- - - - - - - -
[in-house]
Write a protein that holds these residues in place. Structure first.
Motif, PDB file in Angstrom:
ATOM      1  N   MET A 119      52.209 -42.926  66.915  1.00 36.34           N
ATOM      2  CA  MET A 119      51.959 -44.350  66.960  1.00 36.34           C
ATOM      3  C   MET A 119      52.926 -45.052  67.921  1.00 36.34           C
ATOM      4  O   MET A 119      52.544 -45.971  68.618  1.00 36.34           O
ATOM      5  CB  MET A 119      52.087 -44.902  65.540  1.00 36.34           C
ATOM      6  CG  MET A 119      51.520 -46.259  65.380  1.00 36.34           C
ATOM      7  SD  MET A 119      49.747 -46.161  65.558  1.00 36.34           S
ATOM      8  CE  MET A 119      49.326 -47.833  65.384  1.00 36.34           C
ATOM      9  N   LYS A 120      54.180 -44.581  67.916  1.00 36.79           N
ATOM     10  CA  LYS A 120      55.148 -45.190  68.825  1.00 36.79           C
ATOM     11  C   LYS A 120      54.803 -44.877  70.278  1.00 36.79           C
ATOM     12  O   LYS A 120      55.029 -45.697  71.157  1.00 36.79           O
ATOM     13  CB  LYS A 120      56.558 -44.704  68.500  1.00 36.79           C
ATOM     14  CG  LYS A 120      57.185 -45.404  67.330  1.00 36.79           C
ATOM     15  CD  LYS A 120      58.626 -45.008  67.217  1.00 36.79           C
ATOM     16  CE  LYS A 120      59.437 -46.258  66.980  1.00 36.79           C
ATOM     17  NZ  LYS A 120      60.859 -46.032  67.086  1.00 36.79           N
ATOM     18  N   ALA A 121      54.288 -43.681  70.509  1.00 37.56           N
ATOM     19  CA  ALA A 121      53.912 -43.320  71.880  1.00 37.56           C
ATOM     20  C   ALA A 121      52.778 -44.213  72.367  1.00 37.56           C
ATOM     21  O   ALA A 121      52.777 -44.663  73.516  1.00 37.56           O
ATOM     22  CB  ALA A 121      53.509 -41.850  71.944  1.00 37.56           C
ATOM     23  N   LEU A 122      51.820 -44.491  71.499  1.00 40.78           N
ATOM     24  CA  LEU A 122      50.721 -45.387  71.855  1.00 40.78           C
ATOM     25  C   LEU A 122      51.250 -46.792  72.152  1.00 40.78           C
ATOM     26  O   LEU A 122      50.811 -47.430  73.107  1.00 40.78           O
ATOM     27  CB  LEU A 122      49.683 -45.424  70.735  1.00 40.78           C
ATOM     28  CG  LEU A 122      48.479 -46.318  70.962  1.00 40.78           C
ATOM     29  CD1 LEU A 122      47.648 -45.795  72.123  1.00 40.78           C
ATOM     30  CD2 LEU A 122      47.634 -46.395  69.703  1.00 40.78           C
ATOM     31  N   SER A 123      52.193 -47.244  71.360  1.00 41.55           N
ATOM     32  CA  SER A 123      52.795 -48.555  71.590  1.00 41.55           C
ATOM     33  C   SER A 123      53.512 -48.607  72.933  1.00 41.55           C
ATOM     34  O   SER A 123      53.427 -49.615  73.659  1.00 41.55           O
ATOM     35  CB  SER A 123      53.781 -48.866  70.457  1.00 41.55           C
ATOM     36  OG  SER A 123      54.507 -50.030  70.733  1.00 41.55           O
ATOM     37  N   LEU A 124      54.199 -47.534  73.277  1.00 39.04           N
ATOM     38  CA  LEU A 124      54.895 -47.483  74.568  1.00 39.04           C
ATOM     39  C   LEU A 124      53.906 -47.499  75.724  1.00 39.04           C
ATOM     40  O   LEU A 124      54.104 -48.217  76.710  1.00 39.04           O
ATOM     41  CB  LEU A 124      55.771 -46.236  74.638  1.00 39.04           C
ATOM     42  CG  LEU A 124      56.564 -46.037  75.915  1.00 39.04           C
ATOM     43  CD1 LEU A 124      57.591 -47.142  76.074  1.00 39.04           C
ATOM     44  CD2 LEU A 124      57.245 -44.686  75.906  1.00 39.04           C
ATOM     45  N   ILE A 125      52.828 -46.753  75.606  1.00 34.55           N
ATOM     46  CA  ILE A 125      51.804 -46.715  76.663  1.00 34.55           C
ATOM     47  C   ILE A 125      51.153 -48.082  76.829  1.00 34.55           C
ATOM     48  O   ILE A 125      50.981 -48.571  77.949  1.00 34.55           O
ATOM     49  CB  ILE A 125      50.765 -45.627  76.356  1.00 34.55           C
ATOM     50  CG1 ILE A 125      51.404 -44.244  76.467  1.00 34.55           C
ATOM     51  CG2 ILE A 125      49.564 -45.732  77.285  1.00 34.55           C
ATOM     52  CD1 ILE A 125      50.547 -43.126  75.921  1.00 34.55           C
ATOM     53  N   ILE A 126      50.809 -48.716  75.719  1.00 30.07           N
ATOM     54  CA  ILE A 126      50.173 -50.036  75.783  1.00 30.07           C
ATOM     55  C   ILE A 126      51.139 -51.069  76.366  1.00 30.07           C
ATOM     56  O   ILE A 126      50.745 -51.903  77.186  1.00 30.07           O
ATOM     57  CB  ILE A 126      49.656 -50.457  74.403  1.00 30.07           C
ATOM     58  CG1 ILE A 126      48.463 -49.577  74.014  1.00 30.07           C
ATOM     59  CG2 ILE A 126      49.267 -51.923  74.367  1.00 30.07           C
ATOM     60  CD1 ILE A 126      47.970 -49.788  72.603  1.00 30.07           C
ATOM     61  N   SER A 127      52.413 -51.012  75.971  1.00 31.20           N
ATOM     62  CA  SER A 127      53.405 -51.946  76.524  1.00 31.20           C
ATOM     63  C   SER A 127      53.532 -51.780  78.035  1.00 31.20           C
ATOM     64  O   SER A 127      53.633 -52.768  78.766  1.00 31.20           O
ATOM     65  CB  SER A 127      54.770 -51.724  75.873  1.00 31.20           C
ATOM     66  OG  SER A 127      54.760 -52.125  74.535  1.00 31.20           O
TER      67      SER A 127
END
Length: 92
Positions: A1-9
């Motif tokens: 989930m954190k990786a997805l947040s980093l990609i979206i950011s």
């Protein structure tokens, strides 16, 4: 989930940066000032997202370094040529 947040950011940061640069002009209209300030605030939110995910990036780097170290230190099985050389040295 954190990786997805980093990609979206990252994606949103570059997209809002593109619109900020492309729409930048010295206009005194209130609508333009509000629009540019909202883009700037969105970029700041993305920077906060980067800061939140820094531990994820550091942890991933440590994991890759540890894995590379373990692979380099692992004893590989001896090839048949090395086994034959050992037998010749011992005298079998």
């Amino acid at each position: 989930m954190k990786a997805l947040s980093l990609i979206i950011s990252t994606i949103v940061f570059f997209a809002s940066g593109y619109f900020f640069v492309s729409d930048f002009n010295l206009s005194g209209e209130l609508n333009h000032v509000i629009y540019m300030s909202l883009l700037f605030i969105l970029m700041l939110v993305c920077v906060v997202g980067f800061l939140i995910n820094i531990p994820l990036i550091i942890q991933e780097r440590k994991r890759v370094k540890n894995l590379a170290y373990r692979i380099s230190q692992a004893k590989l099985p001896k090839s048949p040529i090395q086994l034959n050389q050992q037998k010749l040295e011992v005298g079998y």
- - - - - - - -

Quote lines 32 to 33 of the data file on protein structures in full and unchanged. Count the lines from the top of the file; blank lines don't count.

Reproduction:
ATOM     29  CD1 LEU A 122      47.648 -45.795  72.123  1.00 40.78           C
ATOM     30  CD2 LEU A 122      47.634 -46.395  69.703  1.00 40.78           C